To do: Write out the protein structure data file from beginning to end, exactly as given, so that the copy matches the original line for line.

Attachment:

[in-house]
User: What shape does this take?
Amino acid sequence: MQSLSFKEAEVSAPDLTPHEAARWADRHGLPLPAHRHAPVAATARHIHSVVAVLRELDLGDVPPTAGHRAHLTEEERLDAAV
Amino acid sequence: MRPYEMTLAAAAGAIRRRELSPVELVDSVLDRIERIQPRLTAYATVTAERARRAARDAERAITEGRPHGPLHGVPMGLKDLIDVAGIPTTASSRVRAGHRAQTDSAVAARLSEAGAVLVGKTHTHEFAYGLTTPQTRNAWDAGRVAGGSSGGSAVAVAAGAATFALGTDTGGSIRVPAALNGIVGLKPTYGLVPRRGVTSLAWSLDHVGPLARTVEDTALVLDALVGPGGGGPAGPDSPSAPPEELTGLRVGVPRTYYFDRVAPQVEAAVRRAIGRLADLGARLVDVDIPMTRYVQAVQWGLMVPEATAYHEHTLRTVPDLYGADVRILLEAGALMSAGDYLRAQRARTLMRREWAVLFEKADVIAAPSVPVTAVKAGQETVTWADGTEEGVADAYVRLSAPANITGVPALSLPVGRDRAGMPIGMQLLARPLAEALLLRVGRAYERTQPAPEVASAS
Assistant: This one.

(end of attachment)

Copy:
[in-house]
User: What shape does this take?
Amino acid sequence: MQSLSFKEAEVSAPDLTPHEAARWADRHGLPLPAHRHAPVAATARHIHSVVAVLRELDLGDVPPTAGHRAHLTEEERLDAAV
Amino acid sequence: MRPYEMTLAAAAGAIRRRELSPVELVDSVLDRIERIQPRLTAYATVTAERARRAARDAERAITEGRPHGPLHGVPMGLKDLIDVAGIPTTASSRVRAGHRAQTDSAVAARLSEAGAVLVGKTHTHEFAYGLTTPQTRNAWDAGRVAGGSSGGSAVAVAAGAATFALGTDTGGSIRVPAALNGIVGLKPTYGLVPRRGVTSLAWSLDHVGPLARTVEDTALVLDALVGPGGGGPAGPDSPSAPPEELTGLRVGVPRTYYFDRVAPQVEAAVRRAIGRLADLGARLVDVDIPMTRYVQAVQWGLMVPEATAYHEHTLRTVPDLYGADVRILLEAGALMSAGDYLRAQRARTLMRREWAVLFEKADVIAAPSVPVTAVKAGQETVTWADGTEEGVADAYVRLSAPANITGVPALSLPVGRDRAGMPIGMQLLARPLAEALLLRVGRAYERTQPAPEVASAS
Assistant: This one.